You know how you can spot one of these? You can’t. There is no physical way to determine the difference between an Africanized bee and a common European bee.

You can, however, easily tell the difference based on their behavior. Regular bees will give you about nine seconds of being too close to their hive before attacking you. They’l typical y consider you chased off after about three hundred feet.

Africanized bees do not rol like that. They give you half a second of being too close before they decide it is time to completely mess your shit up. They

empty the entire hive—tens, maybe hundreds of thousands of angry, angry bees. When you run, flailing and crying and soiling yourself screaming, “Jesus Christ, I’m covered in bees!” they will chase you for over half a mile.

Africanized bees owe their existence to science. Warwick E. Kerr created them in Brazil during the 1950s by crossing a European bee with an African bee. He wanted a bee that could live in the jungle. He got a bee that swarms by the hundreds of mil ions, is insanely territorial and mindlessly aggressive, has already kil ed more people than European honeybees in a relatively brief time in existence—and can live in the jungle.


By now, you will not be surprised to hear that these ants are huge, with the soldiers reaching a half inch in length. You will also not be surprised to learn that they have massive, powerful, machete-like jaws half the length of the soldiers themselves. They’re notorious for dismantling any living thing in their path, regardless of size. They’re also completely blind, which for some reason makes the whole thing worse.

They’re called army ants because the entire colony, comprising up to and over one mil ion insects, is a 100 percent mobile battalion. They don’t make permanent hives, like other ants; they bivouac down in single locations just long enough for the queen to push out thousands of eggs, while the soldiers spread out in wide fans in search of food. Then the eggs hatch and they enter the dreaded swarm phase of their existence.

Much like the word
, nature takes words like
very, very seriously. The ants go on the move, a near-solid mass of insect death and horror, moving steadily and swiftly along the jungle floor, flaying alive and disassembling every living thing too stupid, slow, or asleep to get out of the way. There are no painful stingers or bal istic acids; this is the kind of terror that simply flows over you by the hundreds of thousands and rips you apart with unbelievably powerful jaws, utterly and literal y blind to size and species, considering everything in its path to be a threat to the continuation of the colony.

There are reports of animals the size of horses being overwhelmed and shredded by them. Go stand next to a horse and then think about what that means for you.

Army ants are also masters of whol y organic, living architecture. For the good of the colony, the ants will use their own living bodies to build any conceivable structure necessary, latching on to each other to create protective wall s and ceilings against the ravages of the weather, bridges to cross otherwise impassable spans, whatever happens to be needed.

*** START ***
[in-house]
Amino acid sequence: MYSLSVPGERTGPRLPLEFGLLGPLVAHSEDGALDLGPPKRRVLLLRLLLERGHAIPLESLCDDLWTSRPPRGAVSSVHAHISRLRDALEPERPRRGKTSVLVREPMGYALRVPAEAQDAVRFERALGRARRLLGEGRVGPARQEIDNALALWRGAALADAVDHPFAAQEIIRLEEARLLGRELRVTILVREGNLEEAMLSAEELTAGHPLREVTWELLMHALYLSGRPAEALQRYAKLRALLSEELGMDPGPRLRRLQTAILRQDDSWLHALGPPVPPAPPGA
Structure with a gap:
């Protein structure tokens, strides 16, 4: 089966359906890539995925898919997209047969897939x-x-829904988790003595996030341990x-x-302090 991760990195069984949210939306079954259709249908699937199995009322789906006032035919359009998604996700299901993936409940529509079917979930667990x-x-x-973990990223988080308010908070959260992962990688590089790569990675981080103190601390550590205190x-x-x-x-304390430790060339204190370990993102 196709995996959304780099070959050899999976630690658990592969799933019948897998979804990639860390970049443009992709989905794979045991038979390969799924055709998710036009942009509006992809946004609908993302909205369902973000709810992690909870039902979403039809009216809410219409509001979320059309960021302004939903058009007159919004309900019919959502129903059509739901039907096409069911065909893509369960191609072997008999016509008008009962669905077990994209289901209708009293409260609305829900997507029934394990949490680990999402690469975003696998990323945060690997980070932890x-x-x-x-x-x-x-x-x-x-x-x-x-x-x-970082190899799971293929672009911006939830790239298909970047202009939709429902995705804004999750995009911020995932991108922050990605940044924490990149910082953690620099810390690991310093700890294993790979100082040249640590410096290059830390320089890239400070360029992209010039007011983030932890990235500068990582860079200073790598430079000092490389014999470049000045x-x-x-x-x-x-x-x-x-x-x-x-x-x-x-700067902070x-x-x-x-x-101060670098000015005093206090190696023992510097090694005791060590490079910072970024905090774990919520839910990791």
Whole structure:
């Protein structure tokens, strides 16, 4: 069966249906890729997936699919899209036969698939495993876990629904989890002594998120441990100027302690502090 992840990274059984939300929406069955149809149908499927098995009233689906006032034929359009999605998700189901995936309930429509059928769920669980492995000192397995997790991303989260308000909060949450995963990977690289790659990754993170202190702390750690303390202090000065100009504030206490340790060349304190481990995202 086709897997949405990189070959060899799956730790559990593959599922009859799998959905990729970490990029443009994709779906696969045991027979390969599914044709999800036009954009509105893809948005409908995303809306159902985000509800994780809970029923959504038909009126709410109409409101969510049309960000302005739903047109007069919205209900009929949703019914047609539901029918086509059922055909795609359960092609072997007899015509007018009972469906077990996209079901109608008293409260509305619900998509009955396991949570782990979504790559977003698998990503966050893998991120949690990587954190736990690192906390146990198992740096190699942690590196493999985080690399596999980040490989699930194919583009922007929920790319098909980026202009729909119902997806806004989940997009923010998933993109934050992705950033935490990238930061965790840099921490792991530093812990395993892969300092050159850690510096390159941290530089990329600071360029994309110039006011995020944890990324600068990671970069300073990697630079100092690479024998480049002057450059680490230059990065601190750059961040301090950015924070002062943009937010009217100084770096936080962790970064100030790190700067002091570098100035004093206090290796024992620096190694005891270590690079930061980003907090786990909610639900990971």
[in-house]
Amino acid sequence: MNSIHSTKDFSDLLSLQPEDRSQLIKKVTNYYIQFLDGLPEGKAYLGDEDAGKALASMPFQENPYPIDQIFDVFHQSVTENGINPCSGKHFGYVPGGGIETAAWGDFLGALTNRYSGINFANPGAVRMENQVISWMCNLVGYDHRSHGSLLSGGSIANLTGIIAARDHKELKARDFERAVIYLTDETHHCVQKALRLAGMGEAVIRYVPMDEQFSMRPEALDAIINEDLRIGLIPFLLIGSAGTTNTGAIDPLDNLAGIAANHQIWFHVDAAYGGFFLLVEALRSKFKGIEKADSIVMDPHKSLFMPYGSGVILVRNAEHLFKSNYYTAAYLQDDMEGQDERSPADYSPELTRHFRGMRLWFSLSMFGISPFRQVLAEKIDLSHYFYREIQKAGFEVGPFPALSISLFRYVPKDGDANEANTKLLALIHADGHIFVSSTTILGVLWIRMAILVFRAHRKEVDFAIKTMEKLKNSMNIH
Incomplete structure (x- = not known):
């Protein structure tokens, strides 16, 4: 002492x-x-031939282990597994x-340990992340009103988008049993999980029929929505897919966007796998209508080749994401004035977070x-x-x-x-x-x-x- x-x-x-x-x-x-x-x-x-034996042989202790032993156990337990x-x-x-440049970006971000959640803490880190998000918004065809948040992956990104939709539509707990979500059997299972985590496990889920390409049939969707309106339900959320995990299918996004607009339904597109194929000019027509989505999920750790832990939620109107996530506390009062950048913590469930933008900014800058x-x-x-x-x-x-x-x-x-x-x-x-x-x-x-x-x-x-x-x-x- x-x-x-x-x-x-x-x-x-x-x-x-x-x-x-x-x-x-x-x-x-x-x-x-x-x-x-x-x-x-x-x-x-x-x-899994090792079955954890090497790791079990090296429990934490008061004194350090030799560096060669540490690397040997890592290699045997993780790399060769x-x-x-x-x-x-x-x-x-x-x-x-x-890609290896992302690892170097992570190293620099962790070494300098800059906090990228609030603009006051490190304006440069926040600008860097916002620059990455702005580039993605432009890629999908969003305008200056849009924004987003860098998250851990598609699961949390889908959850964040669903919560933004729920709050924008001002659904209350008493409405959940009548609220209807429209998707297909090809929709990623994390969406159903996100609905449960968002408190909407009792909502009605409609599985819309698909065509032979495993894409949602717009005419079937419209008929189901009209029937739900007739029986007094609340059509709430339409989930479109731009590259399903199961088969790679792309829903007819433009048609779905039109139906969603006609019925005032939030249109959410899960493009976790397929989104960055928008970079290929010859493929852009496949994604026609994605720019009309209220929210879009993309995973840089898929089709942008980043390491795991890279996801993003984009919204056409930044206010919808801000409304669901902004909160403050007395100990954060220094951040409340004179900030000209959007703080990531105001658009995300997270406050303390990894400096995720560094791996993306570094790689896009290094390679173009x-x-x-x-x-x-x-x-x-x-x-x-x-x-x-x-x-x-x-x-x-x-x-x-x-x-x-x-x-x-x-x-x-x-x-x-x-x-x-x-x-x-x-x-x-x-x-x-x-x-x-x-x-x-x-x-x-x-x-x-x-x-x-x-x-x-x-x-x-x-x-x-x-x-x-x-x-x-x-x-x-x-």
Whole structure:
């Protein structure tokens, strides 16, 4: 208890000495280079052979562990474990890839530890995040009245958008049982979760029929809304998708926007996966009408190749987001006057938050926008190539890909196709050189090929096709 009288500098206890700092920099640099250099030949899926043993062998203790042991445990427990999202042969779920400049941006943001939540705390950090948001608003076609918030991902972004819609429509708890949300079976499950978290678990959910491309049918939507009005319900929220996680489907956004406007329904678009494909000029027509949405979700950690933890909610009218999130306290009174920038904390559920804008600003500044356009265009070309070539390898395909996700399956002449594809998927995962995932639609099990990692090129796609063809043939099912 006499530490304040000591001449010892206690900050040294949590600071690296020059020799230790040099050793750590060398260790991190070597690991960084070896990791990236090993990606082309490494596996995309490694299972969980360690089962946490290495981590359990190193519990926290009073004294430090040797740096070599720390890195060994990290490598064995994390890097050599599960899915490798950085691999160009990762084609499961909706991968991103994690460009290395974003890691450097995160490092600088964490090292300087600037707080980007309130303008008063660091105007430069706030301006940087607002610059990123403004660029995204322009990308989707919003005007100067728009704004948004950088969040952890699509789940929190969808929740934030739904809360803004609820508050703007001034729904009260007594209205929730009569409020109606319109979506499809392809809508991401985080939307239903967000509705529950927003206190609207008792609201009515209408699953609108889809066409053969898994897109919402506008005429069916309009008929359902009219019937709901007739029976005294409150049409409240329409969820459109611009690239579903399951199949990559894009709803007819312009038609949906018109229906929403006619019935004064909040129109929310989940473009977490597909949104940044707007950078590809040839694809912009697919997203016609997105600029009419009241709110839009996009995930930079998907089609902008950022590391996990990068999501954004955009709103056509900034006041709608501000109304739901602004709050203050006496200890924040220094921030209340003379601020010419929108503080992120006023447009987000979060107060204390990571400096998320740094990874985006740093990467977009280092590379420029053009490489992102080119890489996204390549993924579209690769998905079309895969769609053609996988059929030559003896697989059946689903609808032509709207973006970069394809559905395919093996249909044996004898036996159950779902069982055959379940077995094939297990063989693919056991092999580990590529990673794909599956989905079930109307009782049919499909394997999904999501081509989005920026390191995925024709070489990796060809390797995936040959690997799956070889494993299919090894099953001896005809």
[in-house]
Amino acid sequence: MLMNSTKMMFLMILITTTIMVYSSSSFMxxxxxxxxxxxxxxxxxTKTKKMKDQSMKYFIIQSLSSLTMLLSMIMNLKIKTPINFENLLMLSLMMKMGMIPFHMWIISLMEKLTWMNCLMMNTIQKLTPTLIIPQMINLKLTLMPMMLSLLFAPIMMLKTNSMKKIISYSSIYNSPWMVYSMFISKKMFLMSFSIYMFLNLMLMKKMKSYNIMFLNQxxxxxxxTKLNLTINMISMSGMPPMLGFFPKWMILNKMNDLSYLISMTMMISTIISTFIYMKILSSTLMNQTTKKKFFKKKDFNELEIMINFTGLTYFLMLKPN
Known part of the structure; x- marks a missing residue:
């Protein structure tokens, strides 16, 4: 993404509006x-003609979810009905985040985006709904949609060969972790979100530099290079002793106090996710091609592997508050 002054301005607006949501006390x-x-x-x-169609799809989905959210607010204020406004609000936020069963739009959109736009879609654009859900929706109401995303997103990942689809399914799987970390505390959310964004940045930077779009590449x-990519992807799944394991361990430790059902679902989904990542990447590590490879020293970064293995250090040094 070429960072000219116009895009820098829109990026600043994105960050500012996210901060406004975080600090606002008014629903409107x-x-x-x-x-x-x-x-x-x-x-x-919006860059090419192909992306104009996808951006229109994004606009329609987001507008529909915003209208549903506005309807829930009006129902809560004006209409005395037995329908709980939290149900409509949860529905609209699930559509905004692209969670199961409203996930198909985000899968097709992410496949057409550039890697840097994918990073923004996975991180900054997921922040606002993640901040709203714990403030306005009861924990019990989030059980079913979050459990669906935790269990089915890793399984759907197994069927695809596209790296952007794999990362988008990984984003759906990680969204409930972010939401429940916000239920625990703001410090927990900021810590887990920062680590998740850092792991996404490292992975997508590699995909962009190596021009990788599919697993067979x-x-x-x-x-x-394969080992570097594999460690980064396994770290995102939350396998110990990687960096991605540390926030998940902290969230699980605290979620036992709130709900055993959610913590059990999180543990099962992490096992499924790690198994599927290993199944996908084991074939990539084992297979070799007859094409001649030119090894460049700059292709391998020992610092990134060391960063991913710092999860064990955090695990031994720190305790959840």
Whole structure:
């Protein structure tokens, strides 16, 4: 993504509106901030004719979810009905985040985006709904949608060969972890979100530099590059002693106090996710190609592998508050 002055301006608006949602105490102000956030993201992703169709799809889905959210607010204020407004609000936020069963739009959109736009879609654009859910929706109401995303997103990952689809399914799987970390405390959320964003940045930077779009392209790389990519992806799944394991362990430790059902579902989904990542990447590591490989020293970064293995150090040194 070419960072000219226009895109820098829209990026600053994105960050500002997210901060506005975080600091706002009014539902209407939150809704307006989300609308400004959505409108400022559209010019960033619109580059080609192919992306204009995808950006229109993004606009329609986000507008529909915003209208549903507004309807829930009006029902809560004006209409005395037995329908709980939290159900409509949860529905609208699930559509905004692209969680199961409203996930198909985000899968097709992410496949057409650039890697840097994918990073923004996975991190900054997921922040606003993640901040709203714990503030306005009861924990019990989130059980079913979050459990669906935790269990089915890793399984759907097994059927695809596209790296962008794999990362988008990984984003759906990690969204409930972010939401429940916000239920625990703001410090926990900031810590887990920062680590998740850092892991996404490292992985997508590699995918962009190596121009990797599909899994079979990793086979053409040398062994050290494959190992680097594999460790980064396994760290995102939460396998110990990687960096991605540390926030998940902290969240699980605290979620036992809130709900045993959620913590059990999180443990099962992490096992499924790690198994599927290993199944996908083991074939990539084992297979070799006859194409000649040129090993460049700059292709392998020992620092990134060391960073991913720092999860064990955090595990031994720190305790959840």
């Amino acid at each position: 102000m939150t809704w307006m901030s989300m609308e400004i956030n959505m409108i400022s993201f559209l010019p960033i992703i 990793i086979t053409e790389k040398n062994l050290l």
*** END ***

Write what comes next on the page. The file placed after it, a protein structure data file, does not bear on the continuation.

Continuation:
There is no other living thing in the entire world that does this.

And, they’re blind.


Oh boy. Ohhhhh boy. Okay, botflies.

Each variety of botfly is highly adapted to target a specific animal, and they have delightful y descriptive names like horse stomach botfly, sheep nose botfly, and, hey, guess what? Human botfly. The details vary, but each botfly has the same MO.

The horse stomach botflies, for example, lay their eggs in grass. Horses eat the eggs when eating the grass. The eggs hatch in the heat of the horse’s mouth; then the larvae chew through the horse’s tongue and burrow into its bel y. There they meet up and dig honeycombs into the horse’s stomach, getting fat. When they’re ready to be flies, they just let go and get pooped out of the system.

The human botfly lays its eggs on a horsefly or a mosquito, which finds a human and lands on him or her. The eggs rub off onto the human, whose body heat hatches them. The larvae drop onto the skin and burrow right the hel in. Where they live. Under your skin. Eating.

The larvae can grow anywhere in your body; it just depends on where the eggs wind up. You could end up having a fat wormy thing in your tear duct. Or eating through your brain. We know, because it’s happened.


doesn’t matter; it’s what’s inside that counts.” “Love is color-blind.” “There’s no black and white; everything is just shades of gray.” Phrases like these dismiss the influence of color, but that’s not what science says: Science thinks colors are screwing with your head pretty much 24-7.


Blue skies signal a nice, relaxing day, and blue eyes have more songs written about them than all other eye colors combined. People who don’t fish or swim will pay more money to live next to the ocean blue. It seems that blue just happens to be associated with a lot of the things that make us feel good about the general state of the world.

BOOK: You Might Be a Zombie . . .
12.24Mb size Format: txt, pdf, ePub